For my first gameObject I went ahead and moved my studio scene into the hierarchy as background and scaled it appropriately to fit within my game field. When you add a sprite directly to the hierarchy it automatically creates a gameObject with Transform and SpriteRenderer components in it. In addition to these, I also added several BoxCollider 2D to account for walls, so my pieces wouldn’t fly through the scene when moved. Inside the studio gameObject I placed my door and window gameObjects.

I went ahead and moved the other sprites to the hierarchy as well — moving these meant adding physics in the form of Collider 2D and Rigidbody 2D components. At this point I also learned about sorting layers where you can create and place your gameObjects in different layers according to what order you want them to render. Note that the bottom most layer will render last which I found this particular useful for my 2D game.

Next step: game mechanics.

Moving the game objects

Before diving right into scripting with C# and creating components (Like React! ❤), I wanted to think through my logic and investigate the overall picture of what I needed. To move each piece of furniture or gameObject out of the house I would a) select and drag, or b) select, rotate and drag. My first instance was the coffee table, a capsule like gameObject that needed to be rotated in order to be thrown out the door 😄.

To start, I created a gameController gameObject and within it I placed my first C# script, Controller, which would handle most of the dynamics of my game, movement, speed, rotation, UI text, time and score.

And it worked! We had functionality! Having a foundation in Javascript really helped in learning the basics of C#.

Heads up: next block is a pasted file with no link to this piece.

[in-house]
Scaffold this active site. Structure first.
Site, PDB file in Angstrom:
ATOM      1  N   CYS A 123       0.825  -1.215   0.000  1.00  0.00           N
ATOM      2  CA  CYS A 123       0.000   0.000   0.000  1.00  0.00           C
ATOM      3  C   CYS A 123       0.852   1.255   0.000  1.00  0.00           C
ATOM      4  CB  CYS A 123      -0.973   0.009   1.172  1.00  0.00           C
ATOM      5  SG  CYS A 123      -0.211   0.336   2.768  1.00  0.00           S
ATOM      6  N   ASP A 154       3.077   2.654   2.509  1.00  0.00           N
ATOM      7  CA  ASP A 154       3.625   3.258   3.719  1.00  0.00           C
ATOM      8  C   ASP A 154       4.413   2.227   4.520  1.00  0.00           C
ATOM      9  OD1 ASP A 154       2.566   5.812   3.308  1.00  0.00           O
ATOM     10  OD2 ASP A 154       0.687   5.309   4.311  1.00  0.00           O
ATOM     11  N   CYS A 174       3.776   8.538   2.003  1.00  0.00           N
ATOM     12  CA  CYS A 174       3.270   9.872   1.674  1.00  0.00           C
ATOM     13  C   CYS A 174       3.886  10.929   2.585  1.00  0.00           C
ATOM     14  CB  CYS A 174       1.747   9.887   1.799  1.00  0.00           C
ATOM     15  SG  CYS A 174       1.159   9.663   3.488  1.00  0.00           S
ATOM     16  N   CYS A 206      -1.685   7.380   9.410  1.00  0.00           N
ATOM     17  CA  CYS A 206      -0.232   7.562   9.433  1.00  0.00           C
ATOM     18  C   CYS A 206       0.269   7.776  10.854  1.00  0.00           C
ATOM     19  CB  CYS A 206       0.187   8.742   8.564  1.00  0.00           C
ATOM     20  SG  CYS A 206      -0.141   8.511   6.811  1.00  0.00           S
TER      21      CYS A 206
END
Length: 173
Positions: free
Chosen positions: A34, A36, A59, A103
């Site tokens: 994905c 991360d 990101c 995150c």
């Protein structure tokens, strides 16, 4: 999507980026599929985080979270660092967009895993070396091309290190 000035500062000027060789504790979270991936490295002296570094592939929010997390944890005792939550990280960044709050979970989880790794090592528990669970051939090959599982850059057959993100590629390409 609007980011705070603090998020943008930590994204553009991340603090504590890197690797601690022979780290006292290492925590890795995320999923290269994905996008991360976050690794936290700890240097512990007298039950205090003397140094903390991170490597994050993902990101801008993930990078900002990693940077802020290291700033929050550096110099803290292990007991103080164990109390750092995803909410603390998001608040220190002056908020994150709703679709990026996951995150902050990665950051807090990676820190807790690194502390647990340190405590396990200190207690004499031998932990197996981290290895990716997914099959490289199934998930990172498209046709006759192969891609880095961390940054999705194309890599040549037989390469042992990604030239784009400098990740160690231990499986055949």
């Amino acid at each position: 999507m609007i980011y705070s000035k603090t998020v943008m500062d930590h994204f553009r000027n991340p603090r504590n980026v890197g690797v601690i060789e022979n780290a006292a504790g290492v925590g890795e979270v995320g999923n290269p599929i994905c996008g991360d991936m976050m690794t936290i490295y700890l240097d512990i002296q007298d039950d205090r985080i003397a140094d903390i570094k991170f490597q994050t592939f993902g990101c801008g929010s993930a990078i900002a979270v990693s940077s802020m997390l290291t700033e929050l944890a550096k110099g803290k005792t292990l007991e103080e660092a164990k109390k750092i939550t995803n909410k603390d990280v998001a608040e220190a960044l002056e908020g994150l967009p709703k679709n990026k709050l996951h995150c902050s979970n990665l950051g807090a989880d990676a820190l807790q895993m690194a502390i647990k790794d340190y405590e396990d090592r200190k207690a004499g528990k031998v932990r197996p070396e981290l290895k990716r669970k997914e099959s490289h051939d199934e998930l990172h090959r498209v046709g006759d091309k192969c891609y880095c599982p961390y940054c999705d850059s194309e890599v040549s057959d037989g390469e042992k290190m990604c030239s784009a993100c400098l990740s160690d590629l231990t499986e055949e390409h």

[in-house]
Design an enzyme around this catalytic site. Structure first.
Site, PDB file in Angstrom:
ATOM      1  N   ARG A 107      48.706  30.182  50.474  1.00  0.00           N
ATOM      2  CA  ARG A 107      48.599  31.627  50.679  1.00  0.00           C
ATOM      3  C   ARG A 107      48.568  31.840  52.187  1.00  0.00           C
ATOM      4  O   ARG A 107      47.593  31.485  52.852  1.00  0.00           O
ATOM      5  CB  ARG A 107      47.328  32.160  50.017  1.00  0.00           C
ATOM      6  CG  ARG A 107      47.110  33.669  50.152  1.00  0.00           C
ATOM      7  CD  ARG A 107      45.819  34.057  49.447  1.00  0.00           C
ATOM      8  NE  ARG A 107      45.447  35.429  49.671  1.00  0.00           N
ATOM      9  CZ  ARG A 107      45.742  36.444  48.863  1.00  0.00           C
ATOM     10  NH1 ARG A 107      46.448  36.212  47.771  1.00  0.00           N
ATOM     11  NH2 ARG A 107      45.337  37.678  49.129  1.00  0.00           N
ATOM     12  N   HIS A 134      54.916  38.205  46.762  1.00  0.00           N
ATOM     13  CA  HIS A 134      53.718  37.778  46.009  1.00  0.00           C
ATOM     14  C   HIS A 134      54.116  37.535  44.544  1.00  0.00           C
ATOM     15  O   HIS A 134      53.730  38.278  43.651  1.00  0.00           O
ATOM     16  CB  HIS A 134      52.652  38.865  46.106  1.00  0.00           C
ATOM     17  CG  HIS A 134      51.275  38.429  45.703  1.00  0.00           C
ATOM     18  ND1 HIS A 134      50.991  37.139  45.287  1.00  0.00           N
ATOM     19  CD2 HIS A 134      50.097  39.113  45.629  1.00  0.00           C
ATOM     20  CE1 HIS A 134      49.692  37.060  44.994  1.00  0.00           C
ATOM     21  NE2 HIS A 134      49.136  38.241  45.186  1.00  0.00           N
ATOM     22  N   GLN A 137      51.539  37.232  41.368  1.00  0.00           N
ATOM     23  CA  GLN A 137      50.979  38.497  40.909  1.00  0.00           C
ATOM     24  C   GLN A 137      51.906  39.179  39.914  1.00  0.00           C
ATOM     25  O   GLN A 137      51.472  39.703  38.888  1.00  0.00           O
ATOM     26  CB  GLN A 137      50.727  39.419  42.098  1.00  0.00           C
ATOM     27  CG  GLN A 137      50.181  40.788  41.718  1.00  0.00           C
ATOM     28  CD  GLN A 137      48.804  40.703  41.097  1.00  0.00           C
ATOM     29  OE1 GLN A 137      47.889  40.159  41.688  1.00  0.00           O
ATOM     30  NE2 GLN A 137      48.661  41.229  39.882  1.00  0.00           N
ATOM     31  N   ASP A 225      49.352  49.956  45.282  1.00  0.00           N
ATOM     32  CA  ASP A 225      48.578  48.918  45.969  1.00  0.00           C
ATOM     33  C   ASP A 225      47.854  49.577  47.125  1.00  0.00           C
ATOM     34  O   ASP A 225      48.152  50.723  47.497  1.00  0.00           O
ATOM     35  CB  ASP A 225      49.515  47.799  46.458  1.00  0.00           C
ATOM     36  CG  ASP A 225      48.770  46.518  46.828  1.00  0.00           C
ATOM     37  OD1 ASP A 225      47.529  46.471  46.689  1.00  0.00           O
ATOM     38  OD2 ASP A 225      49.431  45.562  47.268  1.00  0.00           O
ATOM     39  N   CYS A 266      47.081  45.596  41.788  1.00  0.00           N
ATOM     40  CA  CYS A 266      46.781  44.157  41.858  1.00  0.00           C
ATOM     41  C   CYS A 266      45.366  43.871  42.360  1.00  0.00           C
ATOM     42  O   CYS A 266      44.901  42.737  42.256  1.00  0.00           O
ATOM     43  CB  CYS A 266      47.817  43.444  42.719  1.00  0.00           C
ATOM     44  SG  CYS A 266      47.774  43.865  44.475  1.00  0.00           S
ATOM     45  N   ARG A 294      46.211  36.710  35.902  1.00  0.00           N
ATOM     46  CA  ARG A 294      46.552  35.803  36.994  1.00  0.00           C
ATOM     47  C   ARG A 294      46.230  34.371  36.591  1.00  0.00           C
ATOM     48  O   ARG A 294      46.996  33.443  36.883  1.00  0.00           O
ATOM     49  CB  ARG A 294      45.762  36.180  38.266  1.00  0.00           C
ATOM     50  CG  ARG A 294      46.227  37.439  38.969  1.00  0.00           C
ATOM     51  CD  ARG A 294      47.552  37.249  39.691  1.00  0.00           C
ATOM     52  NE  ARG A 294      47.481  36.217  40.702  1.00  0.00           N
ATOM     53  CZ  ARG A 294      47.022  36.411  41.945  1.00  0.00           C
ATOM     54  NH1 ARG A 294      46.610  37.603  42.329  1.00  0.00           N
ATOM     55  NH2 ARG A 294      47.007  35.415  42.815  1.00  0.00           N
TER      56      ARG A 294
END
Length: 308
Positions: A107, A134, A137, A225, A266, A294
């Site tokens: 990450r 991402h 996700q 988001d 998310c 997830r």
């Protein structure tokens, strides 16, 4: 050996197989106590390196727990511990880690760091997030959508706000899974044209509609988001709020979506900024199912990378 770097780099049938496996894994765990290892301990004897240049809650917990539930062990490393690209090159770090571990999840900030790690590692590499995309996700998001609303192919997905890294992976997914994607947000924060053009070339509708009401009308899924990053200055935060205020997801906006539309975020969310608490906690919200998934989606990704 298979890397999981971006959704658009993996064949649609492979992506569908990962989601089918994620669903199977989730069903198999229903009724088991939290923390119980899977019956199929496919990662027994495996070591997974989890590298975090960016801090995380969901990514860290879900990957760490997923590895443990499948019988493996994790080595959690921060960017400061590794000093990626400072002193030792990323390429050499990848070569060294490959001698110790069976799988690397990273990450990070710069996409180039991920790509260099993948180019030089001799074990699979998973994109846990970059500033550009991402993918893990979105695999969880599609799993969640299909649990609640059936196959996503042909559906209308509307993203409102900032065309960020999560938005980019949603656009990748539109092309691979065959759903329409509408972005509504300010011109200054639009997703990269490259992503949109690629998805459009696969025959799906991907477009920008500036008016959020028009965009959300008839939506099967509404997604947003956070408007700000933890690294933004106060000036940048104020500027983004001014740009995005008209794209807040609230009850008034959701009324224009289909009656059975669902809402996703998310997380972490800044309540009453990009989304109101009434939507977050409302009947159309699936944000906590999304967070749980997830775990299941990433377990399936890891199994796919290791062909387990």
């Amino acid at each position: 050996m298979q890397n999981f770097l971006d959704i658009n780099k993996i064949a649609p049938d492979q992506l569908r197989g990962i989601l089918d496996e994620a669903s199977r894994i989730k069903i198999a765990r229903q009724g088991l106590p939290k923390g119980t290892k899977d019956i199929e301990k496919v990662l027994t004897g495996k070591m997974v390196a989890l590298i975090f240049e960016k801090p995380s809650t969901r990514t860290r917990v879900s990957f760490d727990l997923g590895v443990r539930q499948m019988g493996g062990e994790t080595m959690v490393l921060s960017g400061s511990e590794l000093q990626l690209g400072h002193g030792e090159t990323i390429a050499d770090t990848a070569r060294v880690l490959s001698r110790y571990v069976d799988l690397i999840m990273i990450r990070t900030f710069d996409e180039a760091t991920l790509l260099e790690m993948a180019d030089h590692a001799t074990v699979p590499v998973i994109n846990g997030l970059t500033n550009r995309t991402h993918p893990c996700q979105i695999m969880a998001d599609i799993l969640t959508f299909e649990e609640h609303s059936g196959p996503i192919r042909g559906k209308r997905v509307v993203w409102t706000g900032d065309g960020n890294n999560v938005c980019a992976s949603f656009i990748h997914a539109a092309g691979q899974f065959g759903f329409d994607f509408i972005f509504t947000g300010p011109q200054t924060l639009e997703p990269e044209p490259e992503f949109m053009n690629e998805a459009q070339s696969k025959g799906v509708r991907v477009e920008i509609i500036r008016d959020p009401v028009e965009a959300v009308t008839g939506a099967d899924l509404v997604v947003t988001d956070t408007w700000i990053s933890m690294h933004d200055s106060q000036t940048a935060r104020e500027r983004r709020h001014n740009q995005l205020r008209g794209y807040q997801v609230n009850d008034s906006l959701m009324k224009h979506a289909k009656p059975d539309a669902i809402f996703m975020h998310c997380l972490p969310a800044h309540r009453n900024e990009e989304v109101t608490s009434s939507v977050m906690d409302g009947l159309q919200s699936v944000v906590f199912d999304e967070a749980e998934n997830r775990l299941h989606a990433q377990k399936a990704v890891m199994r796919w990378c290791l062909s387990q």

Get Out Da’ House game

However, when everything was working well with the coffee table and I decided to add functionality to the other gameObjects, I soon realized that splitting my logic into separate components would make my game more manageable and scalable.

So I created four different components: Controller, Furniture, MouseSelect and Audio.

The Controller component included:

Movement — Horizontal, vertical and rotation

Controller component C#

Adding the score

Controller component C#

And, setting the text for the score

Controller component C#

The MouseSelect component simply contained the logic of which gameObject to select using a mouse click.

MouseSelect Component C#

The Furniture component included how the furniture would ‘exit’ and ‘enter’ the scene. Entering the scene was a later consideration when thinking about how to rotate and move larger pieces out of the house.

Furniture component C#

The regular sized pieces would rotate on the y-axis, but what to do for the large ones, like the bed, which will not fit through the door or even the window.

What if I could pretend rotate this 2D gameObject in its “z-axis”? To do so I had to consider a few things.

I would create a new side view bed sprite and import it.

Default bed gameObject
Alternate side bedUp gameObject

In my Furniture component I added public variables for a default sprite and an alternate sprite, so they would show on the editor, and I also included a function changingTheSprite.

Furniture component C#

This function would allow me to switch between my default sprite (bed) and my alternate sprite (bedUp). It worked! I was able to switch, however, even though the size of the alternate sprite clearly fit through the door I was not able to pass it. After inspecting it further I figured out I needed to also change the shape of its collider to match. Once I did, success!

The newly rotated bed moved out of the house, scoring the highest points in the process. I applied the same logic and functionality to the rug. And so all the pieces were able to be moved, rotated and thrown out the house via the door or the window.

And what is a fun game without some tunes to match? My last component was Audio. I imported my music as an asset into Unity and added the functionality to play the music clip on game start.

That was my weekend with Unity, I hope you have fun with yours!

Full stack Software Engineer